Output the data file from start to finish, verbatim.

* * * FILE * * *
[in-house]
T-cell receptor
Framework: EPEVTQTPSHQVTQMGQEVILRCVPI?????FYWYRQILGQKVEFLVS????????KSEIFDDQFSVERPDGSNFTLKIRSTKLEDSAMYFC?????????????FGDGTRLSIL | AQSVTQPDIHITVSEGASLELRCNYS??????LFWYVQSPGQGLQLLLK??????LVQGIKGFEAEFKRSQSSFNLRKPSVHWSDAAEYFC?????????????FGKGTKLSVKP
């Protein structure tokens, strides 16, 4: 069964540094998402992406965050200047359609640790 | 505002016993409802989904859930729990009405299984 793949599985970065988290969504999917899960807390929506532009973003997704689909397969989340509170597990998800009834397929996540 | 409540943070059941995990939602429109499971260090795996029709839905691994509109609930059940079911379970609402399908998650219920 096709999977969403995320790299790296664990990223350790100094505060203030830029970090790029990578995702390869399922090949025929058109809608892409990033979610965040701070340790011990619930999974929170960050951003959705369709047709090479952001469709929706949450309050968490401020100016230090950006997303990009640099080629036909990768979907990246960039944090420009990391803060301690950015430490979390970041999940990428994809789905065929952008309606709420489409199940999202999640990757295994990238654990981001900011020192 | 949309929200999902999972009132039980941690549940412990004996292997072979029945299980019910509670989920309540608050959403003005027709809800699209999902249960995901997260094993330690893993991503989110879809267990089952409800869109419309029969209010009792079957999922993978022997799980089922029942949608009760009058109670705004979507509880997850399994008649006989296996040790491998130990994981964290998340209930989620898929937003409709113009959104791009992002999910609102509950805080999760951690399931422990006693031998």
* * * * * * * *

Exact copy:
[in-house]
T-cell receptor
Framework: EPEVTQTPSHQVTQMGQEVILRCVPI?????FYWYRQILGQKVEFLVS????????KSEIFDDQFSVERPDGSNFTLKIRSTKLEDSAMYFC?????????????FGDGTRLSIL | AQSVTQPDIHITVSEGASLELRCNYS??????LFWYVQSPGQGLQLLLK??????LVQGIKGFEAEFKRSQSSFNLRKPSVHWSDAAEYFC?????????????FGKGTKLSVKP
């Protein structure tokens, strides 16, 4: 069964540094998402992406965050200047359609640790 | 505002016993409802989904859930729990009405299984 793949599985970065988290969504999917899960807390929506532009973003997704689909397969989340509170597990998800009834397929996540 | 409540943070059941995990939602429109499971260090795996029709839905691994509109609930059940079911379970609402399908998650219920 096709999977969403995320790299790296664990990223350790100094505060203030830029970090790029990578995702390869399922090949025929058109809608892409990033979610965040701070340790011990619930999974929170960050951003959705369709047709090479952001469709929706949450309050968490401020100016230090950006997303990009640099080629036909990768979907990246960039944090420009990391803060301690950015430490979390970041999940990428994809789905065929952008309606709420489409199940999202999640990757295994990238654990981001900011020192 | 949309929200999902999972009132039980941690549940412990004996292997072979029945299980019910509670989920309540608050959403003005027709809800699209999902249960995901997260094993330690893993991503989110879809267990089952409800869109419309029969209010009792079957999922993978022997799980089922029942949608009760009058109670705004979507509880997850399994008649006989296996040790491998130990994981964290998340209930989620898929937003409709113009959104791009992002999910609102509950805080999760951690399931422990006693031998």